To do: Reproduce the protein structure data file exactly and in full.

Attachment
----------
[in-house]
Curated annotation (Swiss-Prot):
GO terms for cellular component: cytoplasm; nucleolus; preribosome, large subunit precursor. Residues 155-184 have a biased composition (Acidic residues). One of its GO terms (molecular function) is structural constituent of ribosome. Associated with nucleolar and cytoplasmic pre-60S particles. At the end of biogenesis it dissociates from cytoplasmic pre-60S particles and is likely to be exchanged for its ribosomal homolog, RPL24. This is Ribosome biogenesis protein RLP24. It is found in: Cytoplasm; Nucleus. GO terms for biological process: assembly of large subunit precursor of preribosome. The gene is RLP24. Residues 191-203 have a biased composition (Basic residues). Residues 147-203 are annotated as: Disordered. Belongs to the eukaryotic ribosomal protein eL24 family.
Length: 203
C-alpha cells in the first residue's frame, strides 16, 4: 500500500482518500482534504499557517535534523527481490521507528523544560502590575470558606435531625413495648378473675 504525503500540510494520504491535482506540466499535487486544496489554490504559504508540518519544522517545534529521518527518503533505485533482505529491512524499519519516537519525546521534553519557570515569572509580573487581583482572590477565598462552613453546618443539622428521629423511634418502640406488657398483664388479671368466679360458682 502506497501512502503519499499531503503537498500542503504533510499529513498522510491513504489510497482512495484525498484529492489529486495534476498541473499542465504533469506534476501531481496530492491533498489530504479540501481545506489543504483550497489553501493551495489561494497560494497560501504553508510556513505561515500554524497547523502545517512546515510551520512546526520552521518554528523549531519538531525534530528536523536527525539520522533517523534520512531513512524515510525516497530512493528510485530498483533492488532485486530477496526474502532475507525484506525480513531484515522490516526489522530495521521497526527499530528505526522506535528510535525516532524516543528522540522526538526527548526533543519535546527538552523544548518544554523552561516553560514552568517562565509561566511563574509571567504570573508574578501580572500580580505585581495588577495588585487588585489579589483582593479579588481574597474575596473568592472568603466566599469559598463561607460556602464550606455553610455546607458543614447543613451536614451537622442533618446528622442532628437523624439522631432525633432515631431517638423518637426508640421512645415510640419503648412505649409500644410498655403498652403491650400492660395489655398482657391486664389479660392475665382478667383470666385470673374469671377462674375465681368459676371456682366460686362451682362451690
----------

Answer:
[in-house]
Curated annotation (Swiss-Prot):
GO terms for cellular component: cytoplasm; nucleolus; preribosome, large subunit precursor. Residues 155-184 have a biased composition (Acidic residues). One of its GO terms (molecular function) is structural constituent of ribosome. Associated with nucleolar and cytoplasmic pre-60S particles. At the end of biogenesis it dissociates from cytoplasmic pre-60S particles and is likely to be exchanged for its ribosomal homolog, RPL24. This is Ribosome biogenesis protein RLP24. It is found in: Cytoplasm; Nucleus. GO terms for biological process: assembly of large subunit precursor of preribosome. The gene is RLP24. Residues 191-203 have a biased composition (Basic residues). Residues 147-203 are annotated as: Disordered. Belongs to the eukaryotic ribosomal protein eL24 family.
Length: 203
C-alpha cells in the first residue's frame, strides 16, 4: 500500500482518500482534504499557517535534523527481490521507528523544560502590575470558606435531625413495648378473675 504525503500540510494520504491535482506540466499535487486544496489554490504559504508540518519544522517545534529521518527518503533505485533482505529491512524499519519516537519525546521534553519557570515569572509580573487581583482572590477565598462552613453546618443539622428521629423511634418502640406488657398483664388479671368466679360458682 502506497501512502503519499499531503503537498500542503504533510499529513498522510491513504489510497482512495484525498484529492489529486495534476498541473499542465504533469506534476501531481496530492491533498489530504479540501481545506489543504483550497489553501493551495489561494497560494497560501504553508510556513505561515500554524497547523502545517512546515510551520512546526520552521518554528523549531519538531525534530528536523536527525539520522533517523534520512531513512524515510525516497530512493528510485530498483533492488532485486530477496526474502532475507525484506525480513531484515522490516526489522530495521521497526527499530528505526522506535528510535525516532524516543528522540522526538526527548526533543519535546527538552523544548518544554523552561516553560514552568517562565509561566511563574509571567504570573508574578501580572500580580505585581495588577495588585487588585489579589483582593479579588481574597474575596473568592472568603466566599469559598463561607460556602464550606455553610455546607458543614447543613451536614451537622442533618446528622442532628437523624439522631432525633432515631431517638423518637426508640421512645415510640419503648412505649409500644410498655403498652403491650400492660395489655398482657391486664389479660392475665382478667383470666385470673374469671377462674375465681368459676371456682366460686362451682362451690